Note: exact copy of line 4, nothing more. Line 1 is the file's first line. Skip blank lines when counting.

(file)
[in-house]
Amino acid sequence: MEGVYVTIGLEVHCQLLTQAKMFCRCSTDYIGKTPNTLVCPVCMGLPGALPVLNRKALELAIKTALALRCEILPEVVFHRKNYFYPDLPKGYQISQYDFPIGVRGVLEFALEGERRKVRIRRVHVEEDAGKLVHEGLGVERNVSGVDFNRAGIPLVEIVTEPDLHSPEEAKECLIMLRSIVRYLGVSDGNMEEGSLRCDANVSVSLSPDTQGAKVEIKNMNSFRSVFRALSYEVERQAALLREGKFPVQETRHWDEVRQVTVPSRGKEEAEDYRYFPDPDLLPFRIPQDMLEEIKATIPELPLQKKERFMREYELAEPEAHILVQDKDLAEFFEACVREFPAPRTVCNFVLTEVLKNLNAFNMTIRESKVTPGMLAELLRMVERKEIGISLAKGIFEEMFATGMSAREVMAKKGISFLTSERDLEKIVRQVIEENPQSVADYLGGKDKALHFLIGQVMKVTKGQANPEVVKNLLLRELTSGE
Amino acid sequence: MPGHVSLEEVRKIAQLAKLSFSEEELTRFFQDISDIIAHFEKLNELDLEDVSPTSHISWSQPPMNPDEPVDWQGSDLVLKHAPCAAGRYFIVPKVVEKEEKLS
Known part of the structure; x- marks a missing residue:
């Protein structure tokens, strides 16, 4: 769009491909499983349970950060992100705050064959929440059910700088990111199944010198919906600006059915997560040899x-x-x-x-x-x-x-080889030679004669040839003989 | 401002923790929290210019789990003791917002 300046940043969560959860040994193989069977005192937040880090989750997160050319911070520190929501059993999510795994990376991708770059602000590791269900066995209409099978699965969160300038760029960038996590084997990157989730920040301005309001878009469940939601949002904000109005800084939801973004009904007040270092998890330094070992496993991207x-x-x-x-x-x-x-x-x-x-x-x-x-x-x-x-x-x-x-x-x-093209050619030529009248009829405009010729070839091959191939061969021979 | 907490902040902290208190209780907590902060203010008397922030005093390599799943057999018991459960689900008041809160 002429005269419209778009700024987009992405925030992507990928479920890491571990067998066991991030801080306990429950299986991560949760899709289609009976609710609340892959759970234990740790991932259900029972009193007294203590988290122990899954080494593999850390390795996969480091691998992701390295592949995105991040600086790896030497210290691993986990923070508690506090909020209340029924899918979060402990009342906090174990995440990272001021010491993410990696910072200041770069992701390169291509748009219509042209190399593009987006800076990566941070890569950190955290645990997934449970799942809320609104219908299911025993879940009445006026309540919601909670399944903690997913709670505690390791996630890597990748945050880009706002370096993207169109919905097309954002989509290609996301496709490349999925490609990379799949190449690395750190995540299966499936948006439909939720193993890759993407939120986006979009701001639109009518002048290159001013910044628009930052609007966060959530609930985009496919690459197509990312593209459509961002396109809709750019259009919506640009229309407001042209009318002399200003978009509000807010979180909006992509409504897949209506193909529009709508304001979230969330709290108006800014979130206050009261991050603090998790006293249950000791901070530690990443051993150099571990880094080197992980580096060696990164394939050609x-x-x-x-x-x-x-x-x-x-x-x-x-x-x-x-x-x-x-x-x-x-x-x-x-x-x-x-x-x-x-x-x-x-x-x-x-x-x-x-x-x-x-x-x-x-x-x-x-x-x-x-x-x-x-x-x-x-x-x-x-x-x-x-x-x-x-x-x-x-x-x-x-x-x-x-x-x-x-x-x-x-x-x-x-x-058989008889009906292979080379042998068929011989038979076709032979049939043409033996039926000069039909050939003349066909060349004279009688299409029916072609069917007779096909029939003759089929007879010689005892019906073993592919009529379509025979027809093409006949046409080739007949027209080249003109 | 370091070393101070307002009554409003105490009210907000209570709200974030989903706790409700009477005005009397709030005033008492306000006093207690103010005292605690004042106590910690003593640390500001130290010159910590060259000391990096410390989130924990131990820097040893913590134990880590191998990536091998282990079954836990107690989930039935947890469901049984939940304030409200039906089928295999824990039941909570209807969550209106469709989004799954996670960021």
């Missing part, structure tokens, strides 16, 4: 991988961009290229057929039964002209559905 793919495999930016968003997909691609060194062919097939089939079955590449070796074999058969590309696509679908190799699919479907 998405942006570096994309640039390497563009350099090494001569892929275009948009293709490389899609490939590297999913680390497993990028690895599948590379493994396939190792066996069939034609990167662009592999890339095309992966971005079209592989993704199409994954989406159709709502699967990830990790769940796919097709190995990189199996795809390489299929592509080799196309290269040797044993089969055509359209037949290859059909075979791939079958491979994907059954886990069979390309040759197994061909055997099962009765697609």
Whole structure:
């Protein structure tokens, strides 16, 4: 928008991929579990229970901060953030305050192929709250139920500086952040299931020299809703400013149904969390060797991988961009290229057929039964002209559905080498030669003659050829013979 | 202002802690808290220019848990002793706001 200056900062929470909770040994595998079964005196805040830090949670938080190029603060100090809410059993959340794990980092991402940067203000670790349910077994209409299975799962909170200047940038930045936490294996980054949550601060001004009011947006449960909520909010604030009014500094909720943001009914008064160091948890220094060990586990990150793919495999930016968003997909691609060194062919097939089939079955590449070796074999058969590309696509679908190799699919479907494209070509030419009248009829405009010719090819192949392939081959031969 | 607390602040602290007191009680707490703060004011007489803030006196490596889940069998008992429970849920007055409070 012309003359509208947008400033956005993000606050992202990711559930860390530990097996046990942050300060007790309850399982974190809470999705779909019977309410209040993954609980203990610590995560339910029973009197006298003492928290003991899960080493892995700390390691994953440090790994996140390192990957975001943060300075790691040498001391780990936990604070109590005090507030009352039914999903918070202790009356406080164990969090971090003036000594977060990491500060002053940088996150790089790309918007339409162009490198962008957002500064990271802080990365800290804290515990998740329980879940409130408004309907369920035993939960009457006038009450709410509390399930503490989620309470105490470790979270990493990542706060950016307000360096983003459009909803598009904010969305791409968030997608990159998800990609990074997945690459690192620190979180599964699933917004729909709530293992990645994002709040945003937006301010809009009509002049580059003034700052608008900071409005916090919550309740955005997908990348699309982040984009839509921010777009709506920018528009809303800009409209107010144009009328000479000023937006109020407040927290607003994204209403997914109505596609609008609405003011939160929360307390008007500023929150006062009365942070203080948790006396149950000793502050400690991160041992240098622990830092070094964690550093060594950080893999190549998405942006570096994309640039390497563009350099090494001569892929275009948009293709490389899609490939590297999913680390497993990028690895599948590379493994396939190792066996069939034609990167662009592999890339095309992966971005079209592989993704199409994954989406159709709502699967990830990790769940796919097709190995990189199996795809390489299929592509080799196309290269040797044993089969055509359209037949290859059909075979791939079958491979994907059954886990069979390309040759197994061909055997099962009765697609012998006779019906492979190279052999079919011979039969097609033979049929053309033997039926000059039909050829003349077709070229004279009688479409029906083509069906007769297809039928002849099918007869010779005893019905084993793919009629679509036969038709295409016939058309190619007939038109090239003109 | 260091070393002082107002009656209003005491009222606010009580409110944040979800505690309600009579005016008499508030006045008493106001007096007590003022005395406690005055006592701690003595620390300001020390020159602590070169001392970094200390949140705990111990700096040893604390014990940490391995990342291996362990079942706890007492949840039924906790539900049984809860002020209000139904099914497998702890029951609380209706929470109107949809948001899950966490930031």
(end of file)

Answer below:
Known part of the structure; x- marks a missing residue: